A research scientist allowed a young electric eel to zap him and reported the experiment and findings in a new study. Kenneth Catania let the eel to shock him with electricity to see what it felt like and to explore the creature’s behavior.

Catania is not the first scientist to feel an eel’s zap – as a 19th-century scientist, Michael Faraday, carried the same experiment to study eels, which gave the same shock as “the electrical machine, the voltaic battery, and the thunderstorm.”

The Electric Eel (Electrophorus electricus) can generate up to 220 volts in fresh water. Image Credit: National Geographic
The Electric Eel (Electrophorus electricus) can generate up to 220 volts in fresh water. Image Credit: National Geographic

Catania had been recently studying eels in his lab and noticed the wiggly animals tried to attack him if he got near them. His findings were published Thursday (Sept 14) in the journal Current Biology.

Scientist lets small electric eel to shock him

The scientist, a Vanderbilt University neurobiologist, was working at his lab when he noticed eels acted strangely whenever he attempted to fish them out with a net that had a metal handle and rim. The animals would jump out of the water and tried to attack the net.

Catania said he’d never seen eels do anything of the sort, including getting out of the water in a “very directed way.” He explained he had set electrodes in the water to listen to their electrical output through a speaker.

“So I knew that when they were attacking the net in this way, they were simultaneously giving off a high voltage discharge,” said Catania, according to NPR. “That clue led me to think, ‘Well, maybe this is sort of a defensive behavior.’”

The scientist knew eels often interpret electrical conductors as living things. He theorized that, perhaps, the net looked like a predator coming down from above, and jumping out of the water somehow upgraded the eel’s ability to zap.

Catania explored the possibility by threatening the animals with a metal plate rigged to an instrument that could register the jolt. He carried out the experiment and saw that as the eel leaped out of the water, the voltage he recorded increased in proportion to height. Meaning, the higher they leaped, the higher the voltage, which suggested why they might have been doing that.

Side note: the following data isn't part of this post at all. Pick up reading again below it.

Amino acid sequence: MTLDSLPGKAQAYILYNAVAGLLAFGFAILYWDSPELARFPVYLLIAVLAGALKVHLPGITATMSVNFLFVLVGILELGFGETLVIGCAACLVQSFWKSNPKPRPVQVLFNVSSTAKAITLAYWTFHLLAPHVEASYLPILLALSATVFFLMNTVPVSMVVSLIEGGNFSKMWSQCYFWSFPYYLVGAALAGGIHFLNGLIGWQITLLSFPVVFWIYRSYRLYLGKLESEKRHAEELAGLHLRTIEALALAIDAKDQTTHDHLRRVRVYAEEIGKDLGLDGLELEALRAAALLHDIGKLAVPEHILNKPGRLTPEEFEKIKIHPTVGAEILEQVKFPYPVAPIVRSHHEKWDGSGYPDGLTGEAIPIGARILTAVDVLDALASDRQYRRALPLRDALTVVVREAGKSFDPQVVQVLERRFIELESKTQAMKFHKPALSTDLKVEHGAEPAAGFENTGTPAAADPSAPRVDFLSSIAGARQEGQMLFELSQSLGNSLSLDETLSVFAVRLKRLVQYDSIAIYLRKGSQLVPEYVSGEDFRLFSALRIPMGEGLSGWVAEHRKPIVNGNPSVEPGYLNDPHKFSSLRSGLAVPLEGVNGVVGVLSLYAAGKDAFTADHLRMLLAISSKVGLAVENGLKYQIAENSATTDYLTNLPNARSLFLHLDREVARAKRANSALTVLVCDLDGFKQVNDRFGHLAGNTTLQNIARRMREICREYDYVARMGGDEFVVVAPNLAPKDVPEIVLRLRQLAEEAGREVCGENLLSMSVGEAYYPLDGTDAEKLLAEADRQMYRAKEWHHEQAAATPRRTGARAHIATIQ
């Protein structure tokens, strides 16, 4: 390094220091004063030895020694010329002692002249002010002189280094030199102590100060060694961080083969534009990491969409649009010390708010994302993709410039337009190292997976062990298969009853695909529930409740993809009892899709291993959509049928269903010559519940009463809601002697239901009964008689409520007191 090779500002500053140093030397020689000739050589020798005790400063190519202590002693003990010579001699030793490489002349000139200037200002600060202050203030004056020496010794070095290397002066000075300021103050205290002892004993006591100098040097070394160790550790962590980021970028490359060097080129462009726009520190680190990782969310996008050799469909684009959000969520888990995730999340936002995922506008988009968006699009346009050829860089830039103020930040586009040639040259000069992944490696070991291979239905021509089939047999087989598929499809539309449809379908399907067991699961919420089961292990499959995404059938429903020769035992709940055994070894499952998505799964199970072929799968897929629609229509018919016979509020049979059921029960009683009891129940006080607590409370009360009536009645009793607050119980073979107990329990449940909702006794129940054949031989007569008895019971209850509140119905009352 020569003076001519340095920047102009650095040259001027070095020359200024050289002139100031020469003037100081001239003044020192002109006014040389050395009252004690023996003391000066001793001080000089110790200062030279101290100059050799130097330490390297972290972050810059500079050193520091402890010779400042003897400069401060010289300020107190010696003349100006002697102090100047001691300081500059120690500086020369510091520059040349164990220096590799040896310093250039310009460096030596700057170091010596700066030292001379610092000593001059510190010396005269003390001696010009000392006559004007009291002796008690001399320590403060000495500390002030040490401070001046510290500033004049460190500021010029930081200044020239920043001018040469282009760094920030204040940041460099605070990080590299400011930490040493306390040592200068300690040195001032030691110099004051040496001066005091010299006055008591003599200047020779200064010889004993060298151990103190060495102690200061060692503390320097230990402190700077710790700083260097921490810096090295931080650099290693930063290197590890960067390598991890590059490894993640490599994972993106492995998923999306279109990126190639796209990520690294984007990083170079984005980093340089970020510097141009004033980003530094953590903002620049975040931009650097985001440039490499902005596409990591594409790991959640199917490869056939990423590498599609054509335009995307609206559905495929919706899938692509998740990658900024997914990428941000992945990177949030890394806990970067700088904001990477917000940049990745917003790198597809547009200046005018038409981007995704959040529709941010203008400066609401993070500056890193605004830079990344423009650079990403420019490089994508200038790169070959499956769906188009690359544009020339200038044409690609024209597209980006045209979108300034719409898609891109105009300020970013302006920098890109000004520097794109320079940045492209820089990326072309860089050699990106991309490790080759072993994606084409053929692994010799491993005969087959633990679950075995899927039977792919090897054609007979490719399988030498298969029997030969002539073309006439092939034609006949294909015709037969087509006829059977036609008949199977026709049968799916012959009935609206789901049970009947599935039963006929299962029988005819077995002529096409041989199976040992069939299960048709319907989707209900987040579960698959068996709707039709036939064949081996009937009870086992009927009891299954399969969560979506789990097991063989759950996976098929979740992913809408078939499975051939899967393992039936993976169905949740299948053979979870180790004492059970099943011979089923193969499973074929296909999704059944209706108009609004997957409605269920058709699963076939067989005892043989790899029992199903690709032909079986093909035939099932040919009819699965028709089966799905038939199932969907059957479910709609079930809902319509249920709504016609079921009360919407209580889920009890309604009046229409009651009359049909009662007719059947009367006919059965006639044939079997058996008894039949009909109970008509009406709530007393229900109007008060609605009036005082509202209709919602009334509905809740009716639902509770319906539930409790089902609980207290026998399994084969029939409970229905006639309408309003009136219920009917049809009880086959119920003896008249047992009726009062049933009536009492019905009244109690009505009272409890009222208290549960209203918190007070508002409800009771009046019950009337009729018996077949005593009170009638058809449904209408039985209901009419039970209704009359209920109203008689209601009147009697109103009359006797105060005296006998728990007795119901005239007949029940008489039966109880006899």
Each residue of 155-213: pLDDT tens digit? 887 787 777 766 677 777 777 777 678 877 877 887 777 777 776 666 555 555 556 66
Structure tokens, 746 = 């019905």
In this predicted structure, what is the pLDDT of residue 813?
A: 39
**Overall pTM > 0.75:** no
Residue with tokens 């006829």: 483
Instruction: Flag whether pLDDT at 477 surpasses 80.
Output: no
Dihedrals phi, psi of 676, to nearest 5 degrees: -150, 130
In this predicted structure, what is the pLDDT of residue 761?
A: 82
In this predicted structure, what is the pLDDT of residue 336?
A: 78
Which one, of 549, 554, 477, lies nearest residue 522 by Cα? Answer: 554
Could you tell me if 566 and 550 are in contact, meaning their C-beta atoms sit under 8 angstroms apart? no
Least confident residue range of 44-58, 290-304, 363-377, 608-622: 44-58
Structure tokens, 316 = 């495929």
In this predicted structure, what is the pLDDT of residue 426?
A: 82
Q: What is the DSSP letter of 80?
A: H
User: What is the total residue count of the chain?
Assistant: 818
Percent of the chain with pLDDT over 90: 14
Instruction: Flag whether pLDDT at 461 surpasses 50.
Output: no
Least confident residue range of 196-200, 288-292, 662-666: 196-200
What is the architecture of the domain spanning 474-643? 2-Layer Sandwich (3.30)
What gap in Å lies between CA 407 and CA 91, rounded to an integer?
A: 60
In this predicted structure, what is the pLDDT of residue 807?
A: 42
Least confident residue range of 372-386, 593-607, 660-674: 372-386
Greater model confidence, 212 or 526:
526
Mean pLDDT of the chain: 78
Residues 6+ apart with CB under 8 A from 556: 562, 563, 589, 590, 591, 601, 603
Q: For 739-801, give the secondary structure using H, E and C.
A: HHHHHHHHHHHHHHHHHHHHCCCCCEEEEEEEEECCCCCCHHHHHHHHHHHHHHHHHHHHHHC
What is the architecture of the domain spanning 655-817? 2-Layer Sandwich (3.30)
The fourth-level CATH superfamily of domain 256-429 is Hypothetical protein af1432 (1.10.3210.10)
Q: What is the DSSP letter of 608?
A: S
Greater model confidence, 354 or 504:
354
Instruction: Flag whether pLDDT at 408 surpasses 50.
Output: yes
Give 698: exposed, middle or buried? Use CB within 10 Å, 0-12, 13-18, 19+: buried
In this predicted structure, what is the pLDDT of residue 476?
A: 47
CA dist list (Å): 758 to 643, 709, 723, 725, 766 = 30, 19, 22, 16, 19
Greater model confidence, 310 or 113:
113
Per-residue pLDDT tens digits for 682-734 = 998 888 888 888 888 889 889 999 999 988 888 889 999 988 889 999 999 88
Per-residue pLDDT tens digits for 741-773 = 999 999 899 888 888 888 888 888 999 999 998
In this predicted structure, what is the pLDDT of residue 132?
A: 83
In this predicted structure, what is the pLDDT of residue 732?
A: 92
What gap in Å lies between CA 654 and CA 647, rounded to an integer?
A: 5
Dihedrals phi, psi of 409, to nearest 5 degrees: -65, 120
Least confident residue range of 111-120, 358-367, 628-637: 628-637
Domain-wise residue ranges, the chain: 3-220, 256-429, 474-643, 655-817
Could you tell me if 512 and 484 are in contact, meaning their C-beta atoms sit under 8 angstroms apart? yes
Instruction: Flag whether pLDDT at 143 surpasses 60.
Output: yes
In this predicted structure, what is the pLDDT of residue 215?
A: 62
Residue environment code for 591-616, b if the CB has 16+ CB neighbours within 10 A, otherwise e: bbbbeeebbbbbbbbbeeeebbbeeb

Eels’ zap is ‘much more powerful than a law-enforcement Taser’

The researcher didn’t stop there – he set out to find what kind of electric circuit would be created when the animal touched a living thing, in this case, Catania. He then let a young eel, about a foot long, zap his arm as he held onto a device he designed to weigh the intensity of the electric jolt. He says he had been zapped before working with eels, so he wasn’t too worried about the shock.

A series of photos illustrating the experiment. Image Credit: Science News
A series of photos illustrating the experiment. Image Credit: Science News

“I was not worried about injury, and of course if you work around electric eels a lot, occasionally you’re going to get shocked anyway,” he explained. “So I kind of knew what I was in for. Sort of like an electric-fence sensation a few times.”

He reported the small eel delivered a current that peaked at around 50 milliamps. The Washington Post reports Catania said feeling “impressed” after the zap. And that was a young eel – these animals can grow to 5 feet long or more.

Catania says a fully-grown electric eel could produce an electric shock “much more powerful than a law enforcement Taser,” and would deliver the zap at a pulse rate much higher than the pulse rate given off by a law enforcement Taser.

“It does allow us now to think about and make some pretty reasonable estimates about, ‘Given an eel of size X and water resistance of a known resistance, how much power would one of these eels be able to divert to a human being that was standing in the water?’”

Electric eels are still a mystery for scientists

Electric eels indeed use their leaping ability as a defense mechanism. Last year, Catania confirmed a 200-year-old story telling that eels would jump out of the water to deliver a super-powerful shock whenever they felt threatened. The story, which was believed to be a myth, comes from famous naturalist Alexander von Humboldt, who in the 1800s said electric eels had leaped out of the water to attack horses.

A recent viral video that shows a fisherman being knocked backward after an eel leaped onto him increased Catania’s interest. He was interested in finding what drove eels to jump out of the water. However, it is still unclear how and why the animals evolved to jump up to scare off possible predators.

During dry seasons, electric eels sometimes get stuck in shallow pools of water, which has led scientists to assume that predators, like crocodiles, might attempt to attack them. James Albert, a biologist at the University of Louisiana at Lafayette, tells NPR that while it’s not uncommon for fish to leap out of the water to escape underwater predators, it is unusual that they leap to attack.

He noted that electric eels are still a bit of a mystery for science, and much about their life remains unknown.

“We don’t even know how many species there are,” Albert told NPR. “We don’t know that much about where they live, how they live. It’s a hard fish to study.”

Source: NPR